# Casablanca Michael Curtiz

## Sequels and other versions

Almost from the moment Casablanca became a hit, talk began of producing a sequel. One titled Brazzaville (in the final scene, Renault recommends fleeing to that Free French-held city) was planned, but never produced.[111] Since then, no studio has seriously considered filming a sequel or outright remake. François Truffaut refused an invitation to remake the film in 1974, citing its cult status among American students as his reason.[112] Attempts to recapture the magic of Casablanca in other settings, such as Caboblanco (1980), "a South American-set retooling of Casablanca",[113] Havana (1990),[114] and Barb Wire (1996), set in 2017, have been poorly received.

Stories of a Casablanca remake or sequel nonetheless persist. In 2008, the Daily Mail reported that Madonna was pursuing a remake set in modern-day Iraq.[115] In 2012, both The Daily Telegraph and Entertainment Weekly reported on efforts by Cass Warner, granddaughter of Harry Warner and friend of the late Howard Koch, to produce a sequel featuring the search by Rick Blaine and Ilsa Lund's illegitimate son for the whereabouts of his biological father.[116][117]

The novel As Time Goes By, written by Michael Walsh and published in 1998, was authorized by Warner.[118][119] The novel picks up where the film leaves off, and also tells of Rick's mysterious past in America. The book met with little success.[120] David Thomson provided an unofficial sequel in his 1985 novel Suspects.

There have been two short-lived television series based upon Casablanca, both considered prequels. The first aired from 1955 to 1956, with Charles McGraw as Rick and Marcel Dalio, who played Emil the croupier in the movie, as Renault; it aired on ABC as part of the wheel series Warner Bros. Presents.[121] It produced a total of ten hour-long episodes. Another, briefly broadcast on NBC in 1983, starred David Soul as Rick, Ray Liotta as Sacha, and Scatman Crothers as a somewhat elderly Sam.[122] A total of five hour-long episodes were produced.

There were several radio adaptations of the film. The two best-known were a thirty-minute adaptation on The Screen Guild Theater on April 26, 1943, starring Bogart, Bergman, and Henreid, and an hour-long version on the Lux Radio Theater on January 24, 1944, featuring Alan Ladd as Rick, Hedy Lamarr as Ilsa, and John Loder as Victor Laszlo. Two other thirty-minute adaptations were aired: on Philip Morris Playhouse on September 3, 1943, and on Theater of Romance on December 19, 1944, in which Dooley Wilson reprised his role as Sam.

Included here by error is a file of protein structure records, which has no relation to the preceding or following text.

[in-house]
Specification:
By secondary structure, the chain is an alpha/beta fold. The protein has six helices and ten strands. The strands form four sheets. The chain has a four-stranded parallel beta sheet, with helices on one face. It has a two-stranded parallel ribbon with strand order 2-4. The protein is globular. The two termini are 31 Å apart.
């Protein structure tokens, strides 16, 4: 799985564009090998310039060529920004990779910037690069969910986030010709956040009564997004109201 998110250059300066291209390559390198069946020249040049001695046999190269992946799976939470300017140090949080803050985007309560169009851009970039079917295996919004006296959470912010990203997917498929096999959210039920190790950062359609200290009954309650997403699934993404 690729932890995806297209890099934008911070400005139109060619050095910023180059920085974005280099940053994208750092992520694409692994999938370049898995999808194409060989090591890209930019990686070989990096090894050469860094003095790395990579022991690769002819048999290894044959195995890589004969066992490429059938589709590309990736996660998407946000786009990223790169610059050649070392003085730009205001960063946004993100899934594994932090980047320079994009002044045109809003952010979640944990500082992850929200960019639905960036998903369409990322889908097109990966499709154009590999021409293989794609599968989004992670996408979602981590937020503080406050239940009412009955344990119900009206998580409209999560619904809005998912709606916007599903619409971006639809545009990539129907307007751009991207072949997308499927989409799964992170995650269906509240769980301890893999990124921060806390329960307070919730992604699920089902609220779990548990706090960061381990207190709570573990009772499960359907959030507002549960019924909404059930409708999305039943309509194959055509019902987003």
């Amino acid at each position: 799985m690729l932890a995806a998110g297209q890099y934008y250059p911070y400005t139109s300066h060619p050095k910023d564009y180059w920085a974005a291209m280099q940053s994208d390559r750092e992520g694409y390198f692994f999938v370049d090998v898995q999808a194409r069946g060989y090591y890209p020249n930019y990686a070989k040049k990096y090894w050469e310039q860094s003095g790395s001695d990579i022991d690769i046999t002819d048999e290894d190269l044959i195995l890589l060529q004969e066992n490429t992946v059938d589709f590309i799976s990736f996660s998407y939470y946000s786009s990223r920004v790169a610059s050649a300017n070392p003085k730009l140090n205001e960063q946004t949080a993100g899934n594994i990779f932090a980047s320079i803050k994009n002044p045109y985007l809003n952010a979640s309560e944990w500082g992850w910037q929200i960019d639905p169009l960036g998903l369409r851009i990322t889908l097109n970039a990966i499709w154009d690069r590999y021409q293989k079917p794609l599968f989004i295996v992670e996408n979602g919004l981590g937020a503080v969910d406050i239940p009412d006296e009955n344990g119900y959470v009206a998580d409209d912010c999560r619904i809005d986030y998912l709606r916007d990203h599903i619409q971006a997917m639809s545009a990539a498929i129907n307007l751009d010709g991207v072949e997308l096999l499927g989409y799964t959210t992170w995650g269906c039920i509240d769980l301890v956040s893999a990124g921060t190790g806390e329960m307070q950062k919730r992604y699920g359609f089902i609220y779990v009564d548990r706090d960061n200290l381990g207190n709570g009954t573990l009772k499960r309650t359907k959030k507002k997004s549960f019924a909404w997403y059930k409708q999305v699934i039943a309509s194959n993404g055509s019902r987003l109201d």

Julius Epstein made two attempts to turn the film into a Broadway musical, in 1951 and 1967, but neither made it to the stage.[123] The original play, Everybody Comes to Rick's, was produced in Newport, Rhode Island, in August 1946, and again in London in April 1991, but met with no success.[124] The film was adapted into a musical by the Takarazuka Revue, an all-female Japanese musical theater company, and ran from November 2009 through February 2010.[125]

A spoof of this film is shown in The Muppets Go to the Movies where Kermit the Frog is saying his goodbyes to Miss Piggy. The Sesame Street segment "Great Movie Classics" showcased a spoof of this film in 1990. In this version, Rick keeps telling the pianist to keep saying the alphabet ("Say it again, Sam"). A PBS Kids Ready To Learn segment featured Grover at the piano and Cleo Lion (of Between the Lions) reminiscing the "rhyming game" in 2007.

### Colorization

Casablanca was part of the film colorization controversy of the 1980s,[126] when a colorized version aired on the television network WTBS. In 1984, MGM-UA hired Color Systems Technology to colorize the film for $180,000.[127] When Ted Turner of Turner Entertainment purchased MGM-UA's film library two years later, he canceled the request, before contracting American Film Technologies (AFT) in 1988. AFT completed the colorization in two months at a cost of$450,000.[127] Turner later reacted to the criticism of the colorization, saying, "[Casablanca] is one of a handful of films that really doesn't have to be colorized. I did it because I wanted to. All I'm trying to do is protect my investment."[127]

The Library of Congress deemed that the color change differed so much from the original film that it gave a new copyright to Turner Entertainment. When the colorized film debuted on WTBS, it was watched by three million viewers, not making the top-ten viewed cable shows for the week. Although Jack Matthews of the Los Angeles Times called the finished product "state of the art", it was mostly met with negative critical reception.[127] It was briefly available on home video. Gary Edgerton, writing for the Journal of Popular Film & Television criticized the colorization, "... Casablanca in color ended up being much blander in appearance and, overall, much less visually interesting than its 1942 predecessor."[127] Bogart's son Stephen said, "if you're going to colorize Casablanca, why not put arms on the Venus de Milo?"[112]

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